BPC Action-Supported Retirement Security Bills in the 118th Congress in Retirement and Social Security

The following bipartisan bills align with Bipartisan Policy Center retirement security recommendations and are endorsed by BPC Action. This list is continuously updated.  

H.R. 5408 and S. 2767, the SSI Savings Penalty Elimination Act 

  • Led in the House by Reps. Brian Higgins (D-NY) and Brian Fitzpatrick (R-PA) 
  • Led in the Senate by Sens. Sherrod Brown (D-OH), Bill Cassidy (R-LA), Ron Wyden (D-OR), Susan Collins (R-ME), Bob Casey (D-PA), and James Lankford (R-OK) 
  • Updates Supplemental Security Income’s (SSI) asset limits for the first time since 1984 to $10,000 for individuals and $20,000 for married couples, and indexes them to inflation moving forward. 

S. 3305, the Helping Young Americans Save for Retirement Act 

  • Led by Sens. Bill Cassidy (R-LA) and Tim Kaine (D-VA) 
  • Lowers the participation age of Employee Retirement Income Security Act (ERISA)-covered defined contribution plans from 21 years old to 18 years old under certain circumstances.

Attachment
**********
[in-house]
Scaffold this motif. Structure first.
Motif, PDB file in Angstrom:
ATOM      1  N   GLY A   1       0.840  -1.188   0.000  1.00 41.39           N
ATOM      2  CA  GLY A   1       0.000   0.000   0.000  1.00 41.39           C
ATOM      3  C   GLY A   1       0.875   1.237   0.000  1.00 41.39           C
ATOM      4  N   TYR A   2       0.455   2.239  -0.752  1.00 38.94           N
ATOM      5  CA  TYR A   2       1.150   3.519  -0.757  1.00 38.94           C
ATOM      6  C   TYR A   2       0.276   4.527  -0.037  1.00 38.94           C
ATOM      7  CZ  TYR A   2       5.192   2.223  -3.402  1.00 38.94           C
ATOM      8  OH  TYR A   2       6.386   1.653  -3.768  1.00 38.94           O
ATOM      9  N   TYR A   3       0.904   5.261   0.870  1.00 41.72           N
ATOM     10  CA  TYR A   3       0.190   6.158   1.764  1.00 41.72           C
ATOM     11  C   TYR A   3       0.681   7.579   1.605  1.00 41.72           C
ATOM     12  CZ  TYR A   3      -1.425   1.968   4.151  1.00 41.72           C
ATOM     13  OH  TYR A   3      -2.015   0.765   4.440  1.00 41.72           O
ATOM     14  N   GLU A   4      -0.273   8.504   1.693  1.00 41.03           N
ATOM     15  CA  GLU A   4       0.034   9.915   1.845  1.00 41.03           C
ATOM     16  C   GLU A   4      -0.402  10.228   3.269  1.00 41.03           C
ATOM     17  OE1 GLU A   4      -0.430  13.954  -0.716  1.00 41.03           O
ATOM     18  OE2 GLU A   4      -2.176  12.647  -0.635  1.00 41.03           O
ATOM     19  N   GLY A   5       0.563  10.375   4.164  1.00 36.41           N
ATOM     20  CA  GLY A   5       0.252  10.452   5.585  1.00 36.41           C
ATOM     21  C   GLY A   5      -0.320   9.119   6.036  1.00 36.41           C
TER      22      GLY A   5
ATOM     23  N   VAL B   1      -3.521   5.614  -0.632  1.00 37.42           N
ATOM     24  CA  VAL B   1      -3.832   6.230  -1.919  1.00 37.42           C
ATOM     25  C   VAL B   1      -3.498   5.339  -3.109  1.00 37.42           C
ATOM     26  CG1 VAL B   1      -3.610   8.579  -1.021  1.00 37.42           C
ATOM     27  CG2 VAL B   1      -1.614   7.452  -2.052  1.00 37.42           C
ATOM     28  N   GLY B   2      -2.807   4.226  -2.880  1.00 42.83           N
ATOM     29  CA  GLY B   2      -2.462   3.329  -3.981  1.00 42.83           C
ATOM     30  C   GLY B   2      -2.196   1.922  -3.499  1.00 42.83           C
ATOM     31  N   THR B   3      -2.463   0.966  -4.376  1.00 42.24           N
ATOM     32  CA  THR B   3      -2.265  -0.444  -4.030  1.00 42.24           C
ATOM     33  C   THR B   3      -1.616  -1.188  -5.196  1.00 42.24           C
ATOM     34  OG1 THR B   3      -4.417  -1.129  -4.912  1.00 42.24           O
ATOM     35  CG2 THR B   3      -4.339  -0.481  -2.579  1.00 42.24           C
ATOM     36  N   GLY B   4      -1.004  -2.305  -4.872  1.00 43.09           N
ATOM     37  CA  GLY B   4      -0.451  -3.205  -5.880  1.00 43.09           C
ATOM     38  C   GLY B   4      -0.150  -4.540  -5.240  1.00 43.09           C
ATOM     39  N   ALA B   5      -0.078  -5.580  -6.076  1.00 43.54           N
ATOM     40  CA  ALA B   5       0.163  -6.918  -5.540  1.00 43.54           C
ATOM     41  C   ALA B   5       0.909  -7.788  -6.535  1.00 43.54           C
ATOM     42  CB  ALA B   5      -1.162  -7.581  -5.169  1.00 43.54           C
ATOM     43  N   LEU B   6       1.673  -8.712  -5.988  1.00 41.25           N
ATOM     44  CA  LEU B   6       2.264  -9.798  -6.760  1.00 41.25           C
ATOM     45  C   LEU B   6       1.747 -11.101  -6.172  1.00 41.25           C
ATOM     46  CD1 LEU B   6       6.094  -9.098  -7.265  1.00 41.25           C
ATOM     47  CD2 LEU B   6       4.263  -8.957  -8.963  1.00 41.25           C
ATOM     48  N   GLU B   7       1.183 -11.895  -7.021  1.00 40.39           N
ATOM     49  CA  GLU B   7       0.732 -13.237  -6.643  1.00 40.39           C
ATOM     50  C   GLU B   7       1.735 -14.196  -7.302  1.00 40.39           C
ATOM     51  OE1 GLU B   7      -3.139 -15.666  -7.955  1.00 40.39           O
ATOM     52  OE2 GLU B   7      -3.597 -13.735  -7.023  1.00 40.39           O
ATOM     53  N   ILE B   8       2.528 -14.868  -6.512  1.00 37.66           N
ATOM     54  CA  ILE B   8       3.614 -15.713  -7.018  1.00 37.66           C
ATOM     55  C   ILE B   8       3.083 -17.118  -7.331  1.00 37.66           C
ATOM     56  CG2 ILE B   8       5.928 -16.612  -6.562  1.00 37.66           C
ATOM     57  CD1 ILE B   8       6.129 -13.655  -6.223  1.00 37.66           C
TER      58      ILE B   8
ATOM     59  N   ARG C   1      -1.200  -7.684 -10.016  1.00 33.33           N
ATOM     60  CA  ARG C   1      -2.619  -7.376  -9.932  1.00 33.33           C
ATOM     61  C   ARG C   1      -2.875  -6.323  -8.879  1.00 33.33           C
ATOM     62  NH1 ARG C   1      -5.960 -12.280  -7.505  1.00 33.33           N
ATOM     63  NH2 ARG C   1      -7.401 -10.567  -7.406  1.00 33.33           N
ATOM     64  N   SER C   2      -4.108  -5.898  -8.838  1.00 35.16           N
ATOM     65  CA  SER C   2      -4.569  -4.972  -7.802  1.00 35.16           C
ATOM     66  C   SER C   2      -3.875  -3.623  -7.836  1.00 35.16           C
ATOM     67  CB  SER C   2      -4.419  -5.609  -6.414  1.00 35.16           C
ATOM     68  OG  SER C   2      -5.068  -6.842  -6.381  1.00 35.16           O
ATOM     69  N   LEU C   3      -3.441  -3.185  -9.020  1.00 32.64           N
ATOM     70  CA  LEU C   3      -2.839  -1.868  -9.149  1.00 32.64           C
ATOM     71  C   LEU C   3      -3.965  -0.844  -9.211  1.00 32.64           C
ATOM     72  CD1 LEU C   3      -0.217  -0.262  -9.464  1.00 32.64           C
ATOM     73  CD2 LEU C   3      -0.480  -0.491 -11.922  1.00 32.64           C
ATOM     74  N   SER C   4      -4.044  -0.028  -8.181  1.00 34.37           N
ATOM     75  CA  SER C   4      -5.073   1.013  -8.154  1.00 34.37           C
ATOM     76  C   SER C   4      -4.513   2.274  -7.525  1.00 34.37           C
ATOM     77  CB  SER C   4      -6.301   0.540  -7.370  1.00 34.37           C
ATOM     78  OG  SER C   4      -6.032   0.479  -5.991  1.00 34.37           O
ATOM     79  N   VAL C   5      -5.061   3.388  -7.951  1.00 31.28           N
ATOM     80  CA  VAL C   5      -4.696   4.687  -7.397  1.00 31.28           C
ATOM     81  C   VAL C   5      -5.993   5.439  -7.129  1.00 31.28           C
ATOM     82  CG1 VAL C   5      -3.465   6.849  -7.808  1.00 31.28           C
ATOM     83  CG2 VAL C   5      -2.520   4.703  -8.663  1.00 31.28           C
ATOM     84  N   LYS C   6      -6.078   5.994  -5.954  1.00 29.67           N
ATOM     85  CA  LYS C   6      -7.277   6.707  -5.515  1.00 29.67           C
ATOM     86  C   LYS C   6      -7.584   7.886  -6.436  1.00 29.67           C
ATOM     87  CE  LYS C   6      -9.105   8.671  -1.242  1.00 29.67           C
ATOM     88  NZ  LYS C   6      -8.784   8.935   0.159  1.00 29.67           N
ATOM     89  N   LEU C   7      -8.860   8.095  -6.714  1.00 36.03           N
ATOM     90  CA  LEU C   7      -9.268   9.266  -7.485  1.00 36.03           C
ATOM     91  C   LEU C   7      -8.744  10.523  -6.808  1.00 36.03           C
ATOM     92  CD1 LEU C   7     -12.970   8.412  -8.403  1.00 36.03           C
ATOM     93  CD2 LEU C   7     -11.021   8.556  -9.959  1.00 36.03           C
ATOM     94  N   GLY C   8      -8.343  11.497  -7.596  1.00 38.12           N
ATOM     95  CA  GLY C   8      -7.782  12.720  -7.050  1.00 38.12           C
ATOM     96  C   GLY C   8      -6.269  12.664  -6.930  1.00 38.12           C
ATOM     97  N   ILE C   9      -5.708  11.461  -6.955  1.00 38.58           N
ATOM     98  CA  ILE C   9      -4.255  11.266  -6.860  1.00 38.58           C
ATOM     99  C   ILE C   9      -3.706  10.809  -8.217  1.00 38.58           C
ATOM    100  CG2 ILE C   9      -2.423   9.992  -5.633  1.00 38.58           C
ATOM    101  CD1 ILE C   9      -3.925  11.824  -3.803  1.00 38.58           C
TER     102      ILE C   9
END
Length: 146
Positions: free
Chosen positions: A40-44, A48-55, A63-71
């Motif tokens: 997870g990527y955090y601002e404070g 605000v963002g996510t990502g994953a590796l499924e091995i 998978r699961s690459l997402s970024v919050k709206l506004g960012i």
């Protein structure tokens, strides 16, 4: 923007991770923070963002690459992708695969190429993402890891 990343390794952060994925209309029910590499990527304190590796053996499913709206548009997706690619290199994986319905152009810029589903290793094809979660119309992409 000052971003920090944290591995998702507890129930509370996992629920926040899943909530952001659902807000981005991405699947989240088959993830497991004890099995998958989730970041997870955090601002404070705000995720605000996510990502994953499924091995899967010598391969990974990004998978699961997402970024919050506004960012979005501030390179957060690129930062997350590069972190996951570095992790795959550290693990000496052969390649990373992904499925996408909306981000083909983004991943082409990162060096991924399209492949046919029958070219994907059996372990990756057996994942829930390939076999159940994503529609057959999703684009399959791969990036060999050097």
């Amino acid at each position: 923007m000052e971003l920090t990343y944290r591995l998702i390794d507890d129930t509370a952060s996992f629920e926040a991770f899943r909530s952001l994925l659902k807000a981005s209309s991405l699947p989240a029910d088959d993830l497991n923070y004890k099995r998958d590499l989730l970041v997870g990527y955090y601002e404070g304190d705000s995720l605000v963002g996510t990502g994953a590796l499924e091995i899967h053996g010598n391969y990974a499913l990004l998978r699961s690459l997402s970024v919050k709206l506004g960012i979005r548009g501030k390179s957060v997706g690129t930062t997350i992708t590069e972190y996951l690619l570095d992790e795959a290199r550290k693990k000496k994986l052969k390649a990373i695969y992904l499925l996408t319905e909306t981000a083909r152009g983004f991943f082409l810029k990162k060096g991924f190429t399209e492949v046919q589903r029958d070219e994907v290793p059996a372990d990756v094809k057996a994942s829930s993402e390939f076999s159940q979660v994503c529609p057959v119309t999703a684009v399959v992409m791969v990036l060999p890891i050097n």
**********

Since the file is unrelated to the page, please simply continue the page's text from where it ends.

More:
S. 664, a bill to ensure that Social Security beneficiaries receive regular statements from the Social Security Administration, and for other purposes 

  • Led by Sens. Bill Cassidy (R-LA), Chris Coons (D-DE), Susan Collins (R-ME), and Tim Kaine (D-VA) 
  • Requires the Social Security Administration (SSA) to regularly mail paper copies of Social Security statements to each individual with a Social Security number, allowing individuals to opt out of receiving these paper statements. 

S. 692, a bill to require the Social Security Administration to make changes to the social security terminology used in the rules, regulation, guidance, or other materials of the Administration 

  • Led by Sens. Bill Cassidy (R-LA), Chris Coons (D-DE), Susan Collins (R-ME), and Tim Kaine (D-VA) 
  • Changes the Social Security Administration’s (SSA) terminology from “early eligibility age,” “full retirement age,” and “delayed retirement credits” to “minimum benefit age,” “standard benefit age,” and “maximum benefit age” to convey the effect of claiming age more clearly on monthly benefit amounts.